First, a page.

Cush Jumbo - a most excellent Hamlet

“Tis now the very witching time of night
When churchyards yawn and hell itself breathes out
Contagion to this world. Now could I drink hot blood
And do such bitter business as the day
Would quake to look on. “


Cush Jumbo as Hamlet (Photo: Helen Murray)

Cush Jumbo is memorable as Hamlet.  She struck me less as the prince who hesitates and procrastinates but as one who is strong and angry from the off. 

The only cut in Greg Hersov’s production is of young Fortinbras so often left on the cutting room floor but denying us the sight of the new regime where a fresh start can be given to Denmark as none of the reigning family are left alive.  Fortinbras’s importance in the play is less fashionable – going to war over the principle of a small strip of land. 

Opening on the battlements of Anna Fleischle’s plain but imposing set of three hefty blocks of stone which later can turn transparent, as if they are of foxed glass, or of a darkened net, we see Horatio (Jonathan Livingstone) witness the ghost of the late king.  We switch to the court where Claudius (Adrian Dunbar) is demonstrating his benign nature and where his queen Gertrude (Tara Fitzgerald) seems in a dream.  Contrast Cush Jumbo’s Hamlet full of anger and resentment and this before Hamlet knows the full extent of the crime against his father. 

I was excited at the prospect of seeing Norah Lopez Holden’s Ophelia after her childlike Desdemona in Othello.  I wasn’t disappointed by her opening scene with Hamlet where she dances alone to a Latin American rhythm, her arms circling above her head. 

Polonius (Joseph Marcel) seems to have been blessed with two deserving children, Jonathan Ajayi as Laertes tries to listen to the old man.  Joseph Marcel’s Polonius is fussy and tedious but I did like his handing over the Gold American Express card to Laertes! 

The columns work well for the scenes on the cold ramparts of Elsinore, with swirling smoke, as Hamlet meets the ghost of his father but it isn’t terrifying. 

I wasn’t able to work out which one was Rosencrantz (Taz Skylar) and which Guildenstern (Josna Borja) until I looked at the pictures in the programme but their being sent for is an issue for Hamlet from the beginning of their entrance.  Mysteriously Taz Skylar is listed in the programme as playing Fortinbras too but I also missed that!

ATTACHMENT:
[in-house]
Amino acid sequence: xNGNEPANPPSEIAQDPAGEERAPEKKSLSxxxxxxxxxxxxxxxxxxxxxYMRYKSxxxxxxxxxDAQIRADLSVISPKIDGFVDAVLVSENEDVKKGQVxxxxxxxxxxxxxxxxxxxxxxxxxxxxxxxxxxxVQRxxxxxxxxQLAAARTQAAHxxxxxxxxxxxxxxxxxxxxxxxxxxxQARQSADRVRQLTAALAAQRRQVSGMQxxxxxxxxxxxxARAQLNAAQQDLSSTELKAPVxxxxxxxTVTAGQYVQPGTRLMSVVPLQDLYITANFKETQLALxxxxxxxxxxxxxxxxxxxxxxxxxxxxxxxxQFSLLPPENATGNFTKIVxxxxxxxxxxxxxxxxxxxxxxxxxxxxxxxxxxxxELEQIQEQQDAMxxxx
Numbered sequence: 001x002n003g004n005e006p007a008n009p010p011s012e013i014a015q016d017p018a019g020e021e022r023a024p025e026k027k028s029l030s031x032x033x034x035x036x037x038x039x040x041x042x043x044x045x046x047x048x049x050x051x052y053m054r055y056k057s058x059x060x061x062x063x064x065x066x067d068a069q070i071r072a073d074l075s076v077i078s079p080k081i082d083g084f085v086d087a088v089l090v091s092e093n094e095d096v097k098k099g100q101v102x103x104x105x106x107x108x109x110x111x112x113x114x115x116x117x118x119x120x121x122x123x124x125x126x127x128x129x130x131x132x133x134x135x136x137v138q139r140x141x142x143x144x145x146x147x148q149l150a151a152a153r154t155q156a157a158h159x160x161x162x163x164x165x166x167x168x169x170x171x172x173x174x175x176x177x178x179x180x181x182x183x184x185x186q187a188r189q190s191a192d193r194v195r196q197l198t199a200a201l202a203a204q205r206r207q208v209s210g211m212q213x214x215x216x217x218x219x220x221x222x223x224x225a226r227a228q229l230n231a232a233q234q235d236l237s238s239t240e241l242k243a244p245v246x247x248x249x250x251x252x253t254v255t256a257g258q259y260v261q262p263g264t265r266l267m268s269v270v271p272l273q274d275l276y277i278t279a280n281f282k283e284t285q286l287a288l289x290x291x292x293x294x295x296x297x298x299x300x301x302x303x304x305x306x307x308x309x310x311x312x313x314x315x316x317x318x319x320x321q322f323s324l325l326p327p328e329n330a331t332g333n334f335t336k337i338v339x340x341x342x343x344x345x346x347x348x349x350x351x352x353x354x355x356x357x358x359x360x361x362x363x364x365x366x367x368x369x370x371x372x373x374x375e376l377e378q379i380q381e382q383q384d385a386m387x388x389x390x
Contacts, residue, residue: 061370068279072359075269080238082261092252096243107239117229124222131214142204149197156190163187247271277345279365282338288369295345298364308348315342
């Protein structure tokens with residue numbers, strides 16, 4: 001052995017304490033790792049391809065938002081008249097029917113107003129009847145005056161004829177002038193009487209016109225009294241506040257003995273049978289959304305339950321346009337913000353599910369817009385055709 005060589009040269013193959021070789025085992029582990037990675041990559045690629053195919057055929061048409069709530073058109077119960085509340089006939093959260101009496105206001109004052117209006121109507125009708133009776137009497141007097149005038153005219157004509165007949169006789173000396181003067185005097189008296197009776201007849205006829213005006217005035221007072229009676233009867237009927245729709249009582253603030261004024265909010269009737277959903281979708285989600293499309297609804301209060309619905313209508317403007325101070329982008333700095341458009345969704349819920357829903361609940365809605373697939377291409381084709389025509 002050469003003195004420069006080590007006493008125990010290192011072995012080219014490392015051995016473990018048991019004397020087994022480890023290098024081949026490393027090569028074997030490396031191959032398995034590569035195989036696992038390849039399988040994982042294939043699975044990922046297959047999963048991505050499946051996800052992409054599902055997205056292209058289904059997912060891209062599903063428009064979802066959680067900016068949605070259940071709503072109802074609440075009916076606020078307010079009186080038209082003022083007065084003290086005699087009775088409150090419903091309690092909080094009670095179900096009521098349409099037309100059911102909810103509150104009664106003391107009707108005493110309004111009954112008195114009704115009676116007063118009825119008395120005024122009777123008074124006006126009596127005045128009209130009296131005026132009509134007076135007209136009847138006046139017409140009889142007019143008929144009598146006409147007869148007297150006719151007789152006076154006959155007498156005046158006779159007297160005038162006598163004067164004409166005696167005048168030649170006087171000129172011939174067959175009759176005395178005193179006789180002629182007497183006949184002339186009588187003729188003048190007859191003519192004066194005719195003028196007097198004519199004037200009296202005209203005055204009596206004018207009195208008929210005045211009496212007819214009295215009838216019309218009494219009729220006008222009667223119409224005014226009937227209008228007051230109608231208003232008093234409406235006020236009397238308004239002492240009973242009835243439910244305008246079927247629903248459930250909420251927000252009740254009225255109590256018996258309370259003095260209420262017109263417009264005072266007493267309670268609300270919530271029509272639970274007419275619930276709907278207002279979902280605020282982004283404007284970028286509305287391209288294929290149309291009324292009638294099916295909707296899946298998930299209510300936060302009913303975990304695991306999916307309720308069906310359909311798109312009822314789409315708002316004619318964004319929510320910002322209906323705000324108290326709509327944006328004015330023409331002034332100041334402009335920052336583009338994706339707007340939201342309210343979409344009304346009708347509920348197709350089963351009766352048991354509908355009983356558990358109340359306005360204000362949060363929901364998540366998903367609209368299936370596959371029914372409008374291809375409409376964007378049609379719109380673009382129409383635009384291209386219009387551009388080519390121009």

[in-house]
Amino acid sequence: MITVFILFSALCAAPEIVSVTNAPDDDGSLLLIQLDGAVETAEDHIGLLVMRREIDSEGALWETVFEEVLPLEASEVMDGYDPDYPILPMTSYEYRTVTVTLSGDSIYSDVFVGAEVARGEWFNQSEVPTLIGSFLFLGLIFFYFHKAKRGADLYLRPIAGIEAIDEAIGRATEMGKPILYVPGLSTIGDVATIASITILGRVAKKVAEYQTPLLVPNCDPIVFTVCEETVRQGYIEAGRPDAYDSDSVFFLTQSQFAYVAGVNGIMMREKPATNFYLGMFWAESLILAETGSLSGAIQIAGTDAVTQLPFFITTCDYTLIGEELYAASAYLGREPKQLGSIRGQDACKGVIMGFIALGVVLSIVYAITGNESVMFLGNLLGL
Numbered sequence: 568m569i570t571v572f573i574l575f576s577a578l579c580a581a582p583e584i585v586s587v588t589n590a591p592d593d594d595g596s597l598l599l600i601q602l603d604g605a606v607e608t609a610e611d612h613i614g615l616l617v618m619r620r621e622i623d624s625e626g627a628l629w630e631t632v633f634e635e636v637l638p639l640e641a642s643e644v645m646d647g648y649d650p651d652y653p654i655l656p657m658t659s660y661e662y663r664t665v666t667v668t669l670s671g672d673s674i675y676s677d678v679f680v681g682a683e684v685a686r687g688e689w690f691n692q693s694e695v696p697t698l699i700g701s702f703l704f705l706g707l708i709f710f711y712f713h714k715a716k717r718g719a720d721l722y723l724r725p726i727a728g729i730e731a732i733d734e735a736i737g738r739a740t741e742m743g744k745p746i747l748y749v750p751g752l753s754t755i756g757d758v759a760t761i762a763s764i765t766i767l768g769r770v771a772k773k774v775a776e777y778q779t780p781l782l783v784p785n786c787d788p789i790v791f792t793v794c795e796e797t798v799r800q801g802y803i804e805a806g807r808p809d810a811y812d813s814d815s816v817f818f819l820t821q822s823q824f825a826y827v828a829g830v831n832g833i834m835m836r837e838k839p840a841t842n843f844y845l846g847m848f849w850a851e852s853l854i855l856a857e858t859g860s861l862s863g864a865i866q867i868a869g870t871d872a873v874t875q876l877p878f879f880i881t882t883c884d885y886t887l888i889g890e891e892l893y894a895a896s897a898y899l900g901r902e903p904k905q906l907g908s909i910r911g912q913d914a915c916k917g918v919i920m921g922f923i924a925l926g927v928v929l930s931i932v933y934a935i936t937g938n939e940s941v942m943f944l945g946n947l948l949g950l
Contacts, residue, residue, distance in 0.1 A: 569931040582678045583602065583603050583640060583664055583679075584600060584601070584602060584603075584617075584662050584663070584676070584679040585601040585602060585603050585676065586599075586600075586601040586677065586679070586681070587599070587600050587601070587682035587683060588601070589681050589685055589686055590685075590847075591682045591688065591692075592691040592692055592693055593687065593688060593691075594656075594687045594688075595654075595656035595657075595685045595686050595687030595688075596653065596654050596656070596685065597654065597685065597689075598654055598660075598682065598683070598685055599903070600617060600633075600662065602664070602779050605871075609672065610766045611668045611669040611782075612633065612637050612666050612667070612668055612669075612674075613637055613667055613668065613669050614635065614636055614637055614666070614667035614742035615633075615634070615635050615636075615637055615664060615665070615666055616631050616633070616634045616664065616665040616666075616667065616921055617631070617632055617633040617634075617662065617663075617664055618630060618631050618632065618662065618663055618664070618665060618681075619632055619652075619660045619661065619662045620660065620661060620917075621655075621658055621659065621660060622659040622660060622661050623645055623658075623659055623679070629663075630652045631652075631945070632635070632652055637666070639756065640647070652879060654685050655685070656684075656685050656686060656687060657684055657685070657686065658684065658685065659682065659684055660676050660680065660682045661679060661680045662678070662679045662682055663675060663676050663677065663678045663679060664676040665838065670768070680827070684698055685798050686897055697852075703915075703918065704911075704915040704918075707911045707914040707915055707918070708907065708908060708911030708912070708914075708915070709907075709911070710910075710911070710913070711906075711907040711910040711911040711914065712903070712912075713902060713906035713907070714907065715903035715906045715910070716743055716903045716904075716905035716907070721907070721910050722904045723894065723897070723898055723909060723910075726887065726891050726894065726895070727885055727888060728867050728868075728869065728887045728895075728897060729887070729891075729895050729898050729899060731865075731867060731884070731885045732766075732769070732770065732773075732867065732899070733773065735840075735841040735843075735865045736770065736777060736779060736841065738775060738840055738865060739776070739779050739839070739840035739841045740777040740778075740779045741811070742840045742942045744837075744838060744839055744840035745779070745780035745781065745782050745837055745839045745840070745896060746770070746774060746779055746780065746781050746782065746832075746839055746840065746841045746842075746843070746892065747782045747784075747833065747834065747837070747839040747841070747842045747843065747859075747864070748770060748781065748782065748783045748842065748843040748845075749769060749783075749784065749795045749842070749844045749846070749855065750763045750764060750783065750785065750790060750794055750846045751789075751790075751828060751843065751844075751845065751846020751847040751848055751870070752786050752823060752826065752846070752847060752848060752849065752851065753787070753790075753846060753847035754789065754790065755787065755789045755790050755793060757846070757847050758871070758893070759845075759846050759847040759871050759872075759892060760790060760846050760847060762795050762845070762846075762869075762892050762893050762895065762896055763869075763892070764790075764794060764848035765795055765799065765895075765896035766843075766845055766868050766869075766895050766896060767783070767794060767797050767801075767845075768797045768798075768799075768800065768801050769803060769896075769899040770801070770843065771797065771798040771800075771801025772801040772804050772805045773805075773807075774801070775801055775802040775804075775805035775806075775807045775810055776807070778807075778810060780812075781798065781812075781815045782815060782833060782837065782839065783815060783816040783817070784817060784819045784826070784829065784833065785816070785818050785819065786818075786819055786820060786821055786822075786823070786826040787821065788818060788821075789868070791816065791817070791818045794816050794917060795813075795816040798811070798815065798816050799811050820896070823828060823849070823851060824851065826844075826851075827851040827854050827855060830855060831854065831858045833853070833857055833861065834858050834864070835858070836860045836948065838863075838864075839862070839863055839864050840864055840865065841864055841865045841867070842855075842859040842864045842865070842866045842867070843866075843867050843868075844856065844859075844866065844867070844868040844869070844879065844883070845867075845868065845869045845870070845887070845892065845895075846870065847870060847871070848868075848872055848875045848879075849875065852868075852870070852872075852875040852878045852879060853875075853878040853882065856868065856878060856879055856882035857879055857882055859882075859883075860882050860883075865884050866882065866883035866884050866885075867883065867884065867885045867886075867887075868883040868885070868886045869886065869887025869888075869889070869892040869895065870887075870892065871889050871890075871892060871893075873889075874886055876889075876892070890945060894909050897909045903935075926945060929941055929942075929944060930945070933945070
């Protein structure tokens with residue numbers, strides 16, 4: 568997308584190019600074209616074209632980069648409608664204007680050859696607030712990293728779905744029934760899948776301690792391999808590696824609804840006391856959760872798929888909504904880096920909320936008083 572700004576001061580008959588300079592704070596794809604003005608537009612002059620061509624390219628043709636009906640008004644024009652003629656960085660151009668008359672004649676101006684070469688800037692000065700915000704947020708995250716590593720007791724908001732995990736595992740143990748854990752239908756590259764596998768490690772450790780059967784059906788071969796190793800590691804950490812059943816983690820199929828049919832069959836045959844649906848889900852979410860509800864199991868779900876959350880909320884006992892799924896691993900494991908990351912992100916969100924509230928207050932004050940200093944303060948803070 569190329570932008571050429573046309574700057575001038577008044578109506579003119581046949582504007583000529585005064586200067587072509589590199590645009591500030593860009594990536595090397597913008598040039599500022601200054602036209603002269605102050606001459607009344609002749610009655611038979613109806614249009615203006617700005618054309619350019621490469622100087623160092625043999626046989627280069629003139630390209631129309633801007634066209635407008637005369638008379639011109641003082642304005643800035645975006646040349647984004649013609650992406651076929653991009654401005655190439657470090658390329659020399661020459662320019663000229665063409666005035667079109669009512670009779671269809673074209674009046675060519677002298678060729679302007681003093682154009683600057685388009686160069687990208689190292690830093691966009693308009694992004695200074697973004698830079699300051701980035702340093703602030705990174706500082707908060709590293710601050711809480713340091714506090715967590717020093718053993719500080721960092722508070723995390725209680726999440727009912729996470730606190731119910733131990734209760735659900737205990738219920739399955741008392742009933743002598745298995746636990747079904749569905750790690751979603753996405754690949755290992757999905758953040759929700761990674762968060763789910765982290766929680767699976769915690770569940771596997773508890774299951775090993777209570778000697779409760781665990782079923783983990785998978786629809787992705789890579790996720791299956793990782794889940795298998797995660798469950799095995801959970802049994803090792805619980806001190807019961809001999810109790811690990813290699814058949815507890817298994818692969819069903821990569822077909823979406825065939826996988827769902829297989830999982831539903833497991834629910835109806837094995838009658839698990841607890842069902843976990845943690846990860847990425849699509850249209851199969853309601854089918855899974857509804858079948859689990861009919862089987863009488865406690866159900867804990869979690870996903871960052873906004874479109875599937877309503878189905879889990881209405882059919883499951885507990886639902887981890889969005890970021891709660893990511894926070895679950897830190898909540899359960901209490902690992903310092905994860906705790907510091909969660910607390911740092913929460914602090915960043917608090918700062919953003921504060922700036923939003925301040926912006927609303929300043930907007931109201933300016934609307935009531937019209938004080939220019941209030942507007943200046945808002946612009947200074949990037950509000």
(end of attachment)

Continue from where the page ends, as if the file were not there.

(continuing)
The Mousetrap, the play within a play is a disaster in lingerie and writhing ecstasy as is the length of the Player King’s audition speech.    

The closet scene is limited by the space it has to take part in.  With just a chair and no bed and the arras these large cuboid columns, it isn’t intimate.  Tara Fitzgerald as Gertrude is memorable for her collection of silk pantaloons and matching turbans and for not rejecting Claudius at all, as if she is left unconvinced by her son’s pleas.  Neither does she seem particularly attached to Claudius but there are definite problems with Adrian Dunbar’s wooden charlatan.

Cush Jumbo as Hamlet (Photo: Helen Murray)

Ophelia is a difficult part and her cries for her dead father are truly heart breaking.  To her scene with the herbs she brings Hamlet’s hoodie that she tried to return to him and lays on it all her remembrances from him and her precious possessions.  These are symbolic of her life collapsing with the death of her father and without the support of her brother or Hamlet.  I liked Tara Fitzgerald most in Gertrude’s beautiful speech about Ophelia’s drowning.

Laertes returns and Jonathan Ajayi is full of strength and there are lines I do not remember hearing before when Claudius lists the skills Laertes has acquired in France, maybe from a less used quarto.  I also do not remember before Laertes’s knife being pointed at Gertrude. 

In the graveyard scene, often tedious but done well here with Leo Wringer’s Gravedigger, Hamlet is at his most relaxed and shows us what a wonderful and witty young man he can be when untroubled.  Jonathan Livingstone’s Horatio is solid support for the prince but I doubt his beanie would be acceptable wear at court. 

The duel between Laertes and Hamlet is a knife fight which makes more sense than guns but again is a strange directorial choice. 

Cush Jumbo’s soliloquies are deep and thoughtful, every word heard as they should be.  This is the third time I recall the Young Vic choosing an excellent Hamlet but giving him a problematic production.  There was Peter Brook’s curtailing Adrian Lester’s Hamlet to just Hamlet’s lines in the play.  There was Ian Rickson’s setting of Michael Sheen as Hamlet in a psychiatric ward with Gertrude as a fellow patient and Claudius as the consultant psychiatrist.  We walked through an installation of the back of a hospital with a dispensary before seeing the play.  The last really successful, all round Hamlet I remember at the Young Vic was Paul Rhys’s 1930s European royalty in 1999.

Norah Lopez Holden as Ophelia and Cush Jumbo as Hamlet (Photo: Helen Murray)

Production Notes


Written by William Shakespeare

Directed by Greg Hersov



Cush Jumbo

Norah Lopez Holden

Adrian Dunbar

Tara Fitzgerald

Joseph Marcel

Leo Wringer

Jonathan Ajayi

Jonathan Livingstone


Taz Skylar

Joana Borja

Adesuwa Oni


Director: Greg Hersov

Designer: Anna Fleischle

Lighting Designer: Aideen Malone

Sound Designer: Emma Laxton

Video Designer:  Nina Dunn

Movement: Lucy Hind

Fight Director: Kev McCurdy


Running Time: Three hours 10 minutes with an interval

Booking to 13th November 2021


Young Vic

66 The Cut


London SE1 8LZ

Tube/Rail : Waterloo/Southwark

Telephone: 020 7922 2922


Reviewed by Lizzie Loveridge

at the Young Vic

on 8th October 2021